What I imagine the Crimson Noble looked like,
along with Reign's sister Hime Daisuki - a PC in the Side Story

Image by Japanese artist 'Megamouth System'.

Reign is a play on words of sorts since he is a noble, but fairly far removed from his nation's 'God Emperor'. Daisuki is a Japanese term meaning 'I like you very much', but it can also mean 'I love you' in as close to a casual sense as Japanese culture would use. 

Skoll Okami, Warrior of the Jinhua Kinku Empire (played by Michael M.)

Skoll Okami is a representative of the Jinhua Kinku Empire (literally, 'Golden Flourishing Wild (or 'Kinky') Empire), an interstellar power founded by genetically engineered animal-Human hybrids. He himself has wolf attributes, though he appears to be mainly humanoid (not a human with a wolf head for example). 

At the start of the story Skoll is somewhat uncooperative, and aggressive towards the rest of the team, upset about how his people were treated in the past. Before long however, the other PCs form a tight relationship with him, proving that although the past was tragic, working together is the best way for them to survive now, and the only hope for the future.

Okami is nearly a head and a half taller than all the other PCs, broad shouldered, and muscular. His hair is long, resembles fur, and is light blue-gray in color, as are his eyes. Skoll's eyes are notably wolf-like, having 'too much iris'. At the top of his head are two wolf ears. His garb resembles pre-industrial Native American, and Pacific Islander clothing styles combined. He rarely wears anything on his feet. Towards the end of the campaign he gets his own, rather unique looking Mecha Pilot Suit.

Our greatest hand-to-hand fighter bar none, Skoll combines Muay Thai boxing, and wrestling moves to superb effect. He is very quick, and stronger than an average Human being. He also possesses heightened senses of smell, and hearing.

Skoll was the only character in the Main Story who did not begin the game as a Mecha Pilot. He usually remained on the command ship during mecha combat, or served as 'gunner' in Reign Daisuki's 'Crimson Noble' robot (which had a second seat for a weapons operator/passenger). Okami eventually gets one of the more unusual mechs in the entire campaign, a wolf shaped robot that could transform into a humanoid. 

The name Skoll is from Norse mythology, a child of Fenrir, or Fenris, who chased the Chariot of the Sun. Okami is the Japanese word for wolf. 

UPDATE: How could I forget our reoccurring guest stars/part-timers?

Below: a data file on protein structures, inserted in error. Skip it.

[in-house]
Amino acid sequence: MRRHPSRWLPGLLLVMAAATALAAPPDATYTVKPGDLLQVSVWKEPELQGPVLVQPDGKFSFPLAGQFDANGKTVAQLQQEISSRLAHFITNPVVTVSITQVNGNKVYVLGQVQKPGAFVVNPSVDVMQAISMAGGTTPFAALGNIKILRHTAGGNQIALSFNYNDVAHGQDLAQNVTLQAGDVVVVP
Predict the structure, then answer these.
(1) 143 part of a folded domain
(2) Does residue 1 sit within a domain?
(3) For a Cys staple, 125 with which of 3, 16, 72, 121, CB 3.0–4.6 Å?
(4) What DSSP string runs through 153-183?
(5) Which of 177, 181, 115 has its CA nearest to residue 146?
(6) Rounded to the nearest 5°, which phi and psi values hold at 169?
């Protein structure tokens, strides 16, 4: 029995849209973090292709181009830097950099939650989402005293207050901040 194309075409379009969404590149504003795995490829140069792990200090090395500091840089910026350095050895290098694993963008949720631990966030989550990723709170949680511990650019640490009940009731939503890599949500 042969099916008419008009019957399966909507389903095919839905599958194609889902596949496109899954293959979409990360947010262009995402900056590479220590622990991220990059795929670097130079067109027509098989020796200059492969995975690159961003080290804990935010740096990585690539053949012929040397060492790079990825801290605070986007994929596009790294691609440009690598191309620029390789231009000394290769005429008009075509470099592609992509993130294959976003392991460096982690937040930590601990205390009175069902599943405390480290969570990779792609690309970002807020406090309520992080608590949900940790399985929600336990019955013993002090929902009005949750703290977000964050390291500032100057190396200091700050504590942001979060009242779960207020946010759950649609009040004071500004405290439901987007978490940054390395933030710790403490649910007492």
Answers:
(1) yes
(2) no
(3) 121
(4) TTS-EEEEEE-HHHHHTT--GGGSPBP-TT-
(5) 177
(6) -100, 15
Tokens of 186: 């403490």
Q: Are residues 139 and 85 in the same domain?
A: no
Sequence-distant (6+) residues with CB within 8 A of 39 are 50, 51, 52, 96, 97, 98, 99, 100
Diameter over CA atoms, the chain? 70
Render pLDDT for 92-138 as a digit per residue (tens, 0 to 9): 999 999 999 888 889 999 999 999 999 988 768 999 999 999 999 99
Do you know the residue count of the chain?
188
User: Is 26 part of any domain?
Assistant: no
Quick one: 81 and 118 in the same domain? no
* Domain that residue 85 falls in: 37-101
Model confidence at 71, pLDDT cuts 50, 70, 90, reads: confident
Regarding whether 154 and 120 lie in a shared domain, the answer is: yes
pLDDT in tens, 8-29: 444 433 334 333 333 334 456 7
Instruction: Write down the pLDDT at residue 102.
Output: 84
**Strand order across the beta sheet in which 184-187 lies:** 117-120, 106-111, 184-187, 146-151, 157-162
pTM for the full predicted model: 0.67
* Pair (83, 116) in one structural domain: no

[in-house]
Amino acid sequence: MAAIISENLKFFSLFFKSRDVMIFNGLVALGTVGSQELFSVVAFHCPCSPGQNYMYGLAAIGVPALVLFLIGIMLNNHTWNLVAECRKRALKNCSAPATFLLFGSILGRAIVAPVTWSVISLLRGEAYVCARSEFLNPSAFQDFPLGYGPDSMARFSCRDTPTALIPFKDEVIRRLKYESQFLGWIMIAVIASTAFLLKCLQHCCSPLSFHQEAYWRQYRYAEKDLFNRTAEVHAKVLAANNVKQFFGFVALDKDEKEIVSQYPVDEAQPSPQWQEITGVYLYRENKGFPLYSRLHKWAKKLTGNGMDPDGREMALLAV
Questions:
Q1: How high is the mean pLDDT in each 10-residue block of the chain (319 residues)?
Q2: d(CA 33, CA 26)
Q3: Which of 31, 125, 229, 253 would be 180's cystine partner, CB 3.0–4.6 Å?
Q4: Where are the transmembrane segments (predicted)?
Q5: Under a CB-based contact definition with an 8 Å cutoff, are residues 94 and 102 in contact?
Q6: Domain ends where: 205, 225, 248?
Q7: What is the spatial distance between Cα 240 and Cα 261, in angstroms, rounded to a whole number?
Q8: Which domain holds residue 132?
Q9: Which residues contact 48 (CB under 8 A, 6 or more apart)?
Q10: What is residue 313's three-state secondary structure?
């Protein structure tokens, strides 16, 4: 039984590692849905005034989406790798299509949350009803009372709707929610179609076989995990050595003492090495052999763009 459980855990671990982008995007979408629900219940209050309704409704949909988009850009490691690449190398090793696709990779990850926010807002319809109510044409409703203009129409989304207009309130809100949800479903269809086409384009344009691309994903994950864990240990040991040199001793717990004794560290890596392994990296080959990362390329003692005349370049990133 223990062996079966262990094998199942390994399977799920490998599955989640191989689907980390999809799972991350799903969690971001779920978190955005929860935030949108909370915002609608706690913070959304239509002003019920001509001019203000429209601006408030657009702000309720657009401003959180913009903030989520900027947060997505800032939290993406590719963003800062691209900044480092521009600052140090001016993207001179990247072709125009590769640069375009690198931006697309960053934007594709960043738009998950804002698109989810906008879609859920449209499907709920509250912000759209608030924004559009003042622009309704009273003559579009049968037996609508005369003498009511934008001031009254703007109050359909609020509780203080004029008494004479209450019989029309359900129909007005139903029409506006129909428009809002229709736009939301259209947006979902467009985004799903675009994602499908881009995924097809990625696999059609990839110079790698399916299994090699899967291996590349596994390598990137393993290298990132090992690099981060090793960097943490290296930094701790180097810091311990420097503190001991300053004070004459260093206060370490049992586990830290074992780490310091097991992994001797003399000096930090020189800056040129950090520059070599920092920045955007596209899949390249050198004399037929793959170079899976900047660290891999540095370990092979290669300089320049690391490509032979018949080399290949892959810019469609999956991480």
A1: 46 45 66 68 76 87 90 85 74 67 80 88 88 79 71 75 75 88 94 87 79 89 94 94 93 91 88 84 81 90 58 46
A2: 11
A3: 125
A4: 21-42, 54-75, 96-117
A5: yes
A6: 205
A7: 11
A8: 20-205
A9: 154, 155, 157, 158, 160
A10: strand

In order to get the feel of the campaign to be similar to the feel of the Dragon Magazine Paradise Fleet fiction, the game needed to include two important atmospheric, and thematic elements: Comedy, and Intrigue.

While Reign Daisuki provided some of the former, the latter was the domain of our two irregular regulars...

Masao Schedio, Corporation Alliance Cyborg Bureaucrat ( played by Will C.)

Director Schedio was a mid-to-upper level management bureaucrat in the Corporation Alliance, company...same thing...who served as the liaison between the Combined Operations Space Fleet's command echelon, and our (PC) team of advanced scouts. It was Masao who provided us with our intel, interpreted orders where they were vague, and dealt with the results of the team's successes and failures.

Schedio was played expertly by my buddy Will, who imbued him with charm, dignity, and the put upon weariness of the classic Japanese salaryman. He wholeheartedly embraced the idea that he'd get little credit for the wins, and all the blame for the loses. 

At the same time, one major, 'meta-plot' of the campaign, was that Schedio was in on a grand conspiracy that tied in to everything the story dealt with. He was both a cog in the works, and possibly a master manipulator, helping to steer things towards a mysterious end goal.

Director Schedio was one of two 'older' PCs, being described as a tanned, and weathered Japanese man in his mid-to-late thirties. He had salt, and pepper hair, gray-green eyes, and dressed like a combination samurai, and business man. He was cybernetic, but only in that he had a computer dataport/link in his neck, and could 'chip in' data chips for skills, and such.